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How to spot the signs of a heart attack
A heart attack is a medical emergency which occurs when the supply of blood to the heart is suddenly blocked. But do you know the signs? Read on find out what to do in the event of a heart attack.
It’s important to note that not everyone experiences the same heart attack symptoms. Some can include:
- Shortness of breath
- Tight chest
- Chest pain
- Feeling sick
Women tend to wait longer before calling 999 after experiencing heart attack symptoms, the reason for this could be that women, in particular, don’t always experience chest pains during a heart attack.
An average of three women die of coronary heart disease every hour so it’s important to know what the silent symptoms are:
- Extreme fatigue
What causes a heart attack?
Coronary heart disease (CHD) is the leading cause of heart attacks. CHD is the most common type of heart and circulatory disease where the coronary arteries become narrowed by a gradual build-up of fatty deposits.
Other causes can include:
- Spontaneous coronary artery dissection
- Drug misuse
- Hypoxia (a sudden drop in oxygen levels in the body)
What should you do if you think you’re having a heart attack?
Heart attacks require immediate medical attention, if you think you’re having one, you must follow these steps:
- Dial 999
- Sit down and remain calm
- Take an aspirin (300mg) if within easy reach
- Wait for the paramedics
How can you reduce your risk of having a heart attack?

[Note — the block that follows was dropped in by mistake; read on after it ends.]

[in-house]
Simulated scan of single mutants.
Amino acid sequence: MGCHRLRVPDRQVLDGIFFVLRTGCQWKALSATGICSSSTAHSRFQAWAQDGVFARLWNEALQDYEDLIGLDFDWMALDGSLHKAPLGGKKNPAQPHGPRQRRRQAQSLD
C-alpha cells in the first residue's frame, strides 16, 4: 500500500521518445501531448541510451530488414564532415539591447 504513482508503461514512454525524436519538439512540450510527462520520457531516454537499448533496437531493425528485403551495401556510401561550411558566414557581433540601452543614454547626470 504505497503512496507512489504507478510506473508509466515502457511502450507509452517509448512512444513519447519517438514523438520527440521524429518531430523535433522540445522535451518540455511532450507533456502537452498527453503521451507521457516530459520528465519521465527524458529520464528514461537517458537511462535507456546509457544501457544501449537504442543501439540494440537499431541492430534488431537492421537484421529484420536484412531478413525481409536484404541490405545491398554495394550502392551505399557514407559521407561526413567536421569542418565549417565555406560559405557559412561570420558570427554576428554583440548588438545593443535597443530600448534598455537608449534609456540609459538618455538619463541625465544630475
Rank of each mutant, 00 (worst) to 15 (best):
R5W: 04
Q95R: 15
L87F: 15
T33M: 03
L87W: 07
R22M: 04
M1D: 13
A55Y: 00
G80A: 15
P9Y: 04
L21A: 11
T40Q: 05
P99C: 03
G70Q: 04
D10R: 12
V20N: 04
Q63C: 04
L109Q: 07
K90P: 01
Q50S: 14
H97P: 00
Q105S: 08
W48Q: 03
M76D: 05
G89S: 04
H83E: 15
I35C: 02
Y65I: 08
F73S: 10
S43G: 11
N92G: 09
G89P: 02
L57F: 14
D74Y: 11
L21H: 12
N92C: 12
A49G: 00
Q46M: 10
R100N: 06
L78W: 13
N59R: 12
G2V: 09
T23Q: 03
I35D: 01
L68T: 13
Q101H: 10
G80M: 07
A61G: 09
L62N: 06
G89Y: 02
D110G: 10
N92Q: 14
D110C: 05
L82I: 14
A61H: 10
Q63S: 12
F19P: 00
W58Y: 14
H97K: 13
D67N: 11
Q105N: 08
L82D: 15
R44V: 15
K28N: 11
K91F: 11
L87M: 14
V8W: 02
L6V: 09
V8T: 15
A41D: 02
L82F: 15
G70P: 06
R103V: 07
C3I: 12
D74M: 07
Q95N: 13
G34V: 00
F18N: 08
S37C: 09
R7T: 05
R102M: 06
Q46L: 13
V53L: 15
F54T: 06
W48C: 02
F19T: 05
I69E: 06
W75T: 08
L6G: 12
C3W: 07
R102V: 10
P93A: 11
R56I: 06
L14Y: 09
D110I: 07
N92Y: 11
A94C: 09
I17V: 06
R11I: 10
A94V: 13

There are various lifestyle qualities which play a part in causing heart and circulatory conditions. Some factors you can’t control such as other health conditions and family history. But the good news is, there are many factors you can control to help you be healthier and reduce your risk of a heart attack.
- Don’t smoke - the chemicals from smoking make the walls of your arteries sticky which causes a build-up of fat, blocking the blood flow to the heart. If you do smoke, check out these 5 ways to stop smoking.
- Watch your alcohol consumption – alcohol can cause irregular heart rhythms and high blood pressure.
- Keep active – a sedentary lifestyle greatly increases your chances of a heart attack. Aim for 30 minutes of physical exercise 5 times a week.
- Watch what you eat – maintain a low-fat diet high in fibre and whole grains. Make sure you’re consuming at least 5 portions of fruit and vegetables a day.
- Check your blood pressure - having high blood pressure increases your risk of having a heart attack or a stroke.
- Lower your cholesterol - High cholesterol is when you have too much cholesterol in your blood. This can increase your risk of heart and circulatory diseases such as heart attack and stroke.
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